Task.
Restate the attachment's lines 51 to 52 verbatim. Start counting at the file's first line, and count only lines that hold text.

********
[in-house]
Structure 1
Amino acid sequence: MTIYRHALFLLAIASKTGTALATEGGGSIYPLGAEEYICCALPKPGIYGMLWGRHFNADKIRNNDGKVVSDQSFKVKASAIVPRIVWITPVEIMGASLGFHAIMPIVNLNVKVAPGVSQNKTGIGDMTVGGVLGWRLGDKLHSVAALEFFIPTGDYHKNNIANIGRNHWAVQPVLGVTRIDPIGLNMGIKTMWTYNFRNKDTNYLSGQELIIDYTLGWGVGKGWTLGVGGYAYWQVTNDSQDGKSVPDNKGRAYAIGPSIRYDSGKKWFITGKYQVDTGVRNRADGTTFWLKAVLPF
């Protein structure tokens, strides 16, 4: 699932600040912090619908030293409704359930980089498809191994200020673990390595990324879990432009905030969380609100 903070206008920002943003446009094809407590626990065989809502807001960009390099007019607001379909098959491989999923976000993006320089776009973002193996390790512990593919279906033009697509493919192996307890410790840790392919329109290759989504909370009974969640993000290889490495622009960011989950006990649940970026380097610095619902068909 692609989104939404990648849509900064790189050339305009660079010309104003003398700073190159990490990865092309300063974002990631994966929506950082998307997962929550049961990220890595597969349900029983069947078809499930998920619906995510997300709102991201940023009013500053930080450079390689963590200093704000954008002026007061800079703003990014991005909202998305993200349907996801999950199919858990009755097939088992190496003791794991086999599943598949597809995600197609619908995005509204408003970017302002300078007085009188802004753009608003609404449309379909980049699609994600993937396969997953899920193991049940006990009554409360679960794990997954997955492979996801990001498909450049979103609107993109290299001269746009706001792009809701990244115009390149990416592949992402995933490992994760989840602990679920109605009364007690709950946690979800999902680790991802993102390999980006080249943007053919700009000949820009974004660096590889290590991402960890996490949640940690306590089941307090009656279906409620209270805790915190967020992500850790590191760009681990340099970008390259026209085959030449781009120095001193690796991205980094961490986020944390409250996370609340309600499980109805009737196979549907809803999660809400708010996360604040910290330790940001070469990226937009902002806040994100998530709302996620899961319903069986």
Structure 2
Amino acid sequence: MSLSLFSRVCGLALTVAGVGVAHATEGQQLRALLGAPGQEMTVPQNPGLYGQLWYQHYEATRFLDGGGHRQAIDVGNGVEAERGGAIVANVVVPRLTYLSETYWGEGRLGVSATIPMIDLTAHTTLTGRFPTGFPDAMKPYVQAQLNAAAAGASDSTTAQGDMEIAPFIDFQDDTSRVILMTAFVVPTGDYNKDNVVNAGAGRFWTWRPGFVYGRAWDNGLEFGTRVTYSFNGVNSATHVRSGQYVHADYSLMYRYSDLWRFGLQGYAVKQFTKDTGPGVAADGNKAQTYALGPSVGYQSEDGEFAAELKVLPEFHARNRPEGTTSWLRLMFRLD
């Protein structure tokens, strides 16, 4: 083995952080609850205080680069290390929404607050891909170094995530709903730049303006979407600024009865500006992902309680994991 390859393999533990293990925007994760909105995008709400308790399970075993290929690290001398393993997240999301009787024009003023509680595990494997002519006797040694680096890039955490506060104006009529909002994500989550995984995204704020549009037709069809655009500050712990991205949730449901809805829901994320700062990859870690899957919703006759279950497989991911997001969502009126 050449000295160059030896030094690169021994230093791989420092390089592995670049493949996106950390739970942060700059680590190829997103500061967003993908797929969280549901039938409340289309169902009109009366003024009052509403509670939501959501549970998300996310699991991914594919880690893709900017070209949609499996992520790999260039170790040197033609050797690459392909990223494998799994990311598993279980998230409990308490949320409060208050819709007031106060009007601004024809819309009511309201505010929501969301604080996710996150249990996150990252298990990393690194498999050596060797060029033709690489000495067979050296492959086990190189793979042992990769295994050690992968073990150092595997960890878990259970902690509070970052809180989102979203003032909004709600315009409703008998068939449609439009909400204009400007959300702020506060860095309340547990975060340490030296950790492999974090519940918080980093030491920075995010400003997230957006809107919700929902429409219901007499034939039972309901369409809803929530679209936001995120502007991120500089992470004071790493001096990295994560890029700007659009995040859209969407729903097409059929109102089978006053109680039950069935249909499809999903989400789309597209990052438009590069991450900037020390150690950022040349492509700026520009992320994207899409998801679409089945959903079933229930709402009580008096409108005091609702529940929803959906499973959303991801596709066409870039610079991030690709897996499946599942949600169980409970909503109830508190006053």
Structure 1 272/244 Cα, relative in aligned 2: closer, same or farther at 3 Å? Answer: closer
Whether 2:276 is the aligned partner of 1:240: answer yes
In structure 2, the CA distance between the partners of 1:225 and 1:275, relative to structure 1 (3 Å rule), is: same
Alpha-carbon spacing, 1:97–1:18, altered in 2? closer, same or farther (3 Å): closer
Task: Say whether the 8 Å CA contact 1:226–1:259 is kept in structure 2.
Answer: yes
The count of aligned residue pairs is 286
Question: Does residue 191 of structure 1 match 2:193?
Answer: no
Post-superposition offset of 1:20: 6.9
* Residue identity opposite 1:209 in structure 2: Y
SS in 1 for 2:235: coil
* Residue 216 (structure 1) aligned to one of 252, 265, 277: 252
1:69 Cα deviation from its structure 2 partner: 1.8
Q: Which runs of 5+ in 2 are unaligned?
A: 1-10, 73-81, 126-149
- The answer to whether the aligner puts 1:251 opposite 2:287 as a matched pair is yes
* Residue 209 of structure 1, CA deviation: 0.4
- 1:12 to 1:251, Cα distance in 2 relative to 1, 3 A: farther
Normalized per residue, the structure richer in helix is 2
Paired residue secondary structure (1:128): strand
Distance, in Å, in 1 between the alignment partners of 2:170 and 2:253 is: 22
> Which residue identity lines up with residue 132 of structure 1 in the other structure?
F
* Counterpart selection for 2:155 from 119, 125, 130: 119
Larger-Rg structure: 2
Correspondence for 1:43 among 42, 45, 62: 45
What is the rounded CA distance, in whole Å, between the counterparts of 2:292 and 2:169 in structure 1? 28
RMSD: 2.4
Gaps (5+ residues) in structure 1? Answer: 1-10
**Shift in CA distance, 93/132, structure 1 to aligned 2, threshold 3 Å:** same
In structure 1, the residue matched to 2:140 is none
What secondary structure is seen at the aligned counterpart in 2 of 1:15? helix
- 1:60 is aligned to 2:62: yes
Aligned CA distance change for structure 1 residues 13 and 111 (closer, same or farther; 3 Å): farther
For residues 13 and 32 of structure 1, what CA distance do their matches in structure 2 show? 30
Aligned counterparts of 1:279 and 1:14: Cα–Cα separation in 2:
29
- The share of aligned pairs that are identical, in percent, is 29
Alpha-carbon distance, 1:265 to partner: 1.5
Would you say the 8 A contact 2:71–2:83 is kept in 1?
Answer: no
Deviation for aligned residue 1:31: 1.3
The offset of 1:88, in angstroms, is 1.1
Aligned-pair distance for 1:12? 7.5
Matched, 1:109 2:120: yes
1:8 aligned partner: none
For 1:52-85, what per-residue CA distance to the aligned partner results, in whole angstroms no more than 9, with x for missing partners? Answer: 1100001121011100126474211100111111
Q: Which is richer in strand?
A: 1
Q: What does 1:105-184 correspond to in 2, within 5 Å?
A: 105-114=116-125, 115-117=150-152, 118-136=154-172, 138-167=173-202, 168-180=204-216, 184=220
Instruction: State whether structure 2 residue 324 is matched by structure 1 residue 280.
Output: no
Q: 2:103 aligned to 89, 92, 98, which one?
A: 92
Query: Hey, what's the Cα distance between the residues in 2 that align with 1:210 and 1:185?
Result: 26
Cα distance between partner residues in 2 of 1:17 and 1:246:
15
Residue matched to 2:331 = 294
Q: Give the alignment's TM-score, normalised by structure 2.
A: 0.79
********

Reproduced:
The offset of 1:88, in angstroms, is 1.1
Aligned-pair distance for 1:12? 7.5